What a truth it was. Here is glimpse of the kind of people who backed Lincoln in his rampage against the South. This is from the historian Clyde Wilson, who noted in Chronicles Magazine: ‘the Yankee entrepreneur who had erected bleachers from which Chicagoans, for a small fee, could look over the wall at the freezing and deliberately starved Confederate prisoners at Camp Douglas, where the results of the daily death toll were thrown into the nearby swamp.’
‘The Union never did anything before, during, or after the War with the welfare of black Americans foremost in mind. As Frederick Douglass, the most important black American of the 19th century, put it, Lincoln “was pre-eminently the white man’s president, entirely devoted to the welfare of white men.” Ambrose Bierce, a hard-fighting Union soldier throughout the War, said that he never met an abolitionist in the Union Army and never saw any black people except the concubines and servants of Union officers. The status of black people is now a gargantuan presence in American consciousness. But neither side in the War of 1861-65 thought that way.’
Then there was Lincoln’s Emancipation Proclamation, which people here persist in thinking freed the slaves. It did not free one slave. What the proclamation did was announce that slaves in territory not controlled by the Federal government, that is, where the proclamation could not be enforced, would be freed. However the slaves in Northern States – there were four slave-States in Lincoln’s Union – and slaves in Southern States or parts of Southern States controlled by conquering Union forces, would not be freed.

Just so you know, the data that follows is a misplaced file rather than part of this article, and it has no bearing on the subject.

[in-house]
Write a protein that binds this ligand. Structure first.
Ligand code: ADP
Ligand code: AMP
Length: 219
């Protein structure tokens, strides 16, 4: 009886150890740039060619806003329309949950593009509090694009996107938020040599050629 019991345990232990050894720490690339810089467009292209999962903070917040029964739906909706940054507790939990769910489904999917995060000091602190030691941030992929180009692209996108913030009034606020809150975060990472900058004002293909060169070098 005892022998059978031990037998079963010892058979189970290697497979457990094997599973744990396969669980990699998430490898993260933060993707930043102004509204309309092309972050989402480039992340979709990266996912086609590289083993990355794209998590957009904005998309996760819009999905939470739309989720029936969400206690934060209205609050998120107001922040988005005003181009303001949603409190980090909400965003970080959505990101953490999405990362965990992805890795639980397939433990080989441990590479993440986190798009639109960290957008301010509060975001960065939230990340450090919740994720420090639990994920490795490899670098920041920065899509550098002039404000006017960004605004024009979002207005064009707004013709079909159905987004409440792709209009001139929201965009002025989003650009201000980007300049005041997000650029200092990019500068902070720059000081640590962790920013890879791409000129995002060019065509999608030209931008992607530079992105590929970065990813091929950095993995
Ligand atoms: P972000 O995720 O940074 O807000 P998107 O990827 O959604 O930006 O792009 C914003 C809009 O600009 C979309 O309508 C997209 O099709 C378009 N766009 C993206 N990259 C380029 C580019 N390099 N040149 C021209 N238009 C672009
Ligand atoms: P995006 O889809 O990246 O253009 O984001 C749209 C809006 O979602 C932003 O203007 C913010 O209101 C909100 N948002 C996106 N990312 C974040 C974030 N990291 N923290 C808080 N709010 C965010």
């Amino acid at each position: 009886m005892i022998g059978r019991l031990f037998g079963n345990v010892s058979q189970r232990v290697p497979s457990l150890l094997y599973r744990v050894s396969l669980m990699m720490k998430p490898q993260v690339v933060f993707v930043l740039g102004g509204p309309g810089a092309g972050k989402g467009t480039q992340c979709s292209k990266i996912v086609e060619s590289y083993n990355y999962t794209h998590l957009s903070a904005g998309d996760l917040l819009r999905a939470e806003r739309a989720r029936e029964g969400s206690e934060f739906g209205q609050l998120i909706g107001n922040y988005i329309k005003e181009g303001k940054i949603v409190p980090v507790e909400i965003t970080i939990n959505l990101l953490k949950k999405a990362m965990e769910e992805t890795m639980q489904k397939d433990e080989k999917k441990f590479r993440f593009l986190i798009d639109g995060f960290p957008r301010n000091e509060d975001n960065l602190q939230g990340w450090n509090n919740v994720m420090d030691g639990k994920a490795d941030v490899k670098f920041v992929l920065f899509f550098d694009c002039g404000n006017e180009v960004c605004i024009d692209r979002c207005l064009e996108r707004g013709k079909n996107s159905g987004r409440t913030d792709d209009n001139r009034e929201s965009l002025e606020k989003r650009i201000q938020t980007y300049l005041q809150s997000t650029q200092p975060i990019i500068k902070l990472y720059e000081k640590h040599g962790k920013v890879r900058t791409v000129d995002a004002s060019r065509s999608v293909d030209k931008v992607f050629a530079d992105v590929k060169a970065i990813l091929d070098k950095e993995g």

The historian Thomas J. DiLorenzo, in The Real Lincoln, quotes The Spectator in 1863 on Lincoln’s proclamation: ‘The principle is not that a human being cannot justly own another, but that he cannot own him unless he is loyal to the United States.’
What was the point of the proclamation? In part, it was an attempt at a virtuous pose to impress Britain. Lincoln was near losing the war and feared Britain would come in on the side of the South. But the British dismissed the proclamation. They suspected it was meant to stir a violent uprising by the slaves, something they denounced as incitement to ‘servile insurrection.’
As for the character of the real Lincoln, Prof DiLorenzo’s offers this example. In October 1862, in the second year of the war, Sioux in Minnesota finally revolted when Lincoln’s government broke another treaty and left them starving. Lincoln was trying to eradicate the Indians from the Great Plains because the railway industrialists who had made him a rich corporate lawyer before the war wanted the land cleared for railway expansion.
At Lincoln’s order, Federal forces swept in and seized hundreds of Sioux, men, women and children. Most of the male prisoners, a total of 303, were sentenced to death. Lincoln, however, feared that if he ordered all of them executed, it might encourage Britain or another European power to offer assistance to the Confederacy. He cut down the list of condemned men to 39, all to be executed on December 26, 1862, the largest mass execution in American history.
Add that to the list of Lincoln’s carnage: 620,000 young men dead in his war, including one-quarter of all white men in the South aged between 20 and 40.
Above all, add to Lincoln’s carnage his destruction of the US Constitution. Or as The Spectator put it in 1866: ‘The change of a Federal Commonwealth into a Democratic Republic, one and indivisible.’ What you might call an ever-closer union.
More Spectator for less. Subscribe and receive 12 issues delivered for just £12, with full web and app access. Join us.